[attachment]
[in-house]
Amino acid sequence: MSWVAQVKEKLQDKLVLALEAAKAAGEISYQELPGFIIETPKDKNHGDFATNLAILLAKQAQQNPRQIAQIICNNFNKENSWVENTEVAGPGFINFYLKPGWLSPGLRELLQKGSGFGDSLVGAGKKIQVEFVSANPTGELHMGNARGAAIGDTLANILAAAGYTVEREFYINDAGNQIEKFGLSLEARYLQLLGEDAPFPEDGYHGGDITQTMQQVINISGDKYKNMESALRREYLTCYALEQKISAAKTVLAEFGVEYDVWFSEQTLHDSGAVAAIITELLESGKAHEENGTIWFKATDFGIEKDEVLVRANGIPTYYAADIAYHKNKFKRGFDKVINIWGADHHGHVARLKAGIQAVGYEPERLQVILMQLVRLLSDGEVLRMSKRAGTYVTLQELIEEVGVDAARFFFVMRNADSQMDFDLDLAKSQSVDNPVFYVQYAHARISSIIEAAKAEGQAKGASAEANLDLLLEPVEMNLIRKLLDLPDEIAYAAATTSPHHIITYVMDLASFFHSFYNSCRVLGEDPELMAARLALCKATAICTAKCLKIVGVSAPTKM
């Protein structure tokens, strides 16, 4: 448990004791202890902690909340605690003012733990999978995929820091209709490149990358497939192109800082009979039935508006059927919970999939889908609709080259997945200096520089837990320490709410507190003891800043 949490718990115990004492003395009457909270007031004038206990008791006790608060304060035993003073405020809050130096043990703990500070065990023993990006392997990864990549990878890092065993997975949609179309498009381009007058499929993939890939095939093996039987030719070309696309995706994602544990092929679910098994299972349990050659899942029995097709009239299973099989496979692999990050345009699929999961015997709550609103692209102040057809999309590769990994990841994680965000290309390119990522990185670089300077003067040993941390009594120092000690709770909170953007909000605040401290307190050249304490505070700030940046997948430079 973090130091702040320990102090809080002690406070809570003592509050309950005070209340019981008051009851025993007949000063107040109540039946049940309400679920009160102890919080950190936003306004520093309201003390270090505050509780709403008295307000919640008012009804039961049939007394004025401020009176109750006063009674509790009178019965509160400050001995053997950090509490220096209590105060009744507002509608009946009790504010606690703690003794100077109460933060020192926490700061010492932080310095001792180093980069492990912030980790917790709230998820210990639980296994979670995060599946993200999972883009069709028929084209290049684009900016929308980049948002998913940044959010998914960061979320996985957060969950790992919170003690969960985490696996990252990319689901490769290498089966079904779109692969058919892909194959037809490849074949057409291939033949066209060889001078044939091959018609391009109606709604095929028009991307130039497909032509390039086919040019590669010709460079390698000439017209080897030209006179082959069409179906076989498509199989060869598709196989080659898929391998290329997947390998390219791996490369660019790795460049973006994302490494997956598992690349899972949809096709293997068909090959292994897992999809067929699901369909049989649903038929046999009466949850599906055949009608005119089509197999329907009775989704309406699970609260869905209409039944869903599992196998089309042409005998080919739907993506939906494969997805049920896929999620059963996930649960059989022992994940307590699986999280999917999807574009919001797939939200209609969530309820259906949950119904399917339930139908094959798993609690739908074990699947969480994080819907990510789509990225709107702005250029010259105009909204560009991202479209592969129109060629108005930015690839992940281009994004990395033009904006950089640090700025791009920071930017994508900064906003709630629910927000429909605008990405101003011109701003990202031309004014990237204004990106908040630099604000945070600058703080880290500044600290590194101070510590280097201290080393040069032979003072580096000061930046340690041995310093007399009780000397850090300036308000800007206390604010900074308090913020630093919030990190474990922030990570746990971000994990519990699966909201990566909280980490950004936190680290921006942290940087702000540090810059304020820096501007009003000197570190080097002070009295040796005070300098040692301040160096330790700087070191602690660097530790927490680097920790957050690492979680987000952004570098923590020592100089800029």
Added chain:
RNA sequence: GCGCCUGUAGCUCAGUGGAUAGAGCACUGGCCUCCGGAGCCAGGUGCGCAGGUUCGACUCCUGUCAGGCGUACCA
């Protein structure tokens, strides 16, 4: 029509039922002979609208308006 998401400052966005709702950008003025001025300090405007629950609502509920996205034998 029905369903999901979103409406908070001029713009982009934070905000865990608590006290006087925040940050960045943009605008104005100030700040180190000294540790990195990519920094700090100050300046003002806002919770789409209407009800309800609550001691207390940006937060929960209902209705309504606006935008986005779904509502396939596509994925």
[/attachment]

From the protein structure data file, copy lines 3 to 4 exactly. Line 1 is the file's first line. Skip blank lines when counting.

């Protein structure tokens, strides 16, 4: 448990004791202890902690909340605690003012733990999978995929820091209709490149990358497939192109800082009979039935508006059927919970999939889908609709080259997945200096520089837990320490709410507190003891800043 949490718990115990004492003395009457909270007031004038206990008791006790608060304060035993003073405020809050130096043990703990500070065990023993990006392997990864990549990878890092065993997975949609179309498009381009007058499929993939890939095939093996039987030719070309696309995706994602544990092929679910098994299972349990050659899942029995097709009239299973099989496979692999990050345009699929999961015997709550609103692209102040057809999309590769990994990841994680965000290309390119990522990185670089300077003067040993941390009594120092000690709770909170953007909000605040401290307190050249304490505070700030940046997948430079 973090130091702040320990102090809080002690406070809570003592509050309950005070209340019981008051009851025993007949000063107040109540039946049940309400679920009160102890919080950190936003306004520093309201003390270090505050509780709403008295307000919640008012009804039961049939007394004025401020009176109750006063009674509790009178019965509160400050001995053997950090509490220096209590105060009744507002509608009946009790504010606690703690003794100077109460933060020192926490700061010492932080310095001792180093980069492990912030980790917790709230998820210990639980296994979670995060599946993200999972883009069709028929084209290049684009900016929308980049948002998913940044959010998914960061979320996985957060969950790992919170003690969960985490696996990252990319689901490769290498089966079904779109692969058919892909194959037809490849074949057409291939033949066209060889001078044939091959018609391009109606709604095929028009991307130039497909032509390039086919040019590669010709460079390698000439017209080897030209006179082959069409179906076989498509199989060869598709196989080659898929391998290329997947390998390219791996490369660019790795460049973006994302490494997956598992690349899972949809096709293997068909090959292994897992999809067929699901369909049989649903038929046999009466949850599906055949009608005119089509197999329907009775989704309406699970609260869905209409039944869903599992196998089309042409005998080919739907993506939906494969997805049920896929999620059963996930649960059989022992994940307590699986999280999917999807574009919001797939939200209609969530309820259906949950119904399917339930139908094959798993609690739908074990699947969480994080819907990510789509990225709107702005250029010259105009909204560009991202479209592969129109060629108005930015690839992940281009994004990395033009904006950089640090700025791009920071930017994508900064906003709630629910927000429909605008990405101003011109701003990202031309004014990237204004990106908040630099604000945070600058703080880290500044600290590194101070510590280097201290080393040069032979003072580096000061930046340690041995310093007399009780000397850090300036308000800007206390604010900074308090913020630093919030990190474990922030990570746990971000994990519990699966909201990566909280980490950004936190680290921006942290940087702000540090810059304020820096501007009003000197570190080097002070009295040796005070300098040692301040160096330790700087070191602690660097530790927490680097920790957050690492979680987000952004570098923590020592100089800029």
Added chain: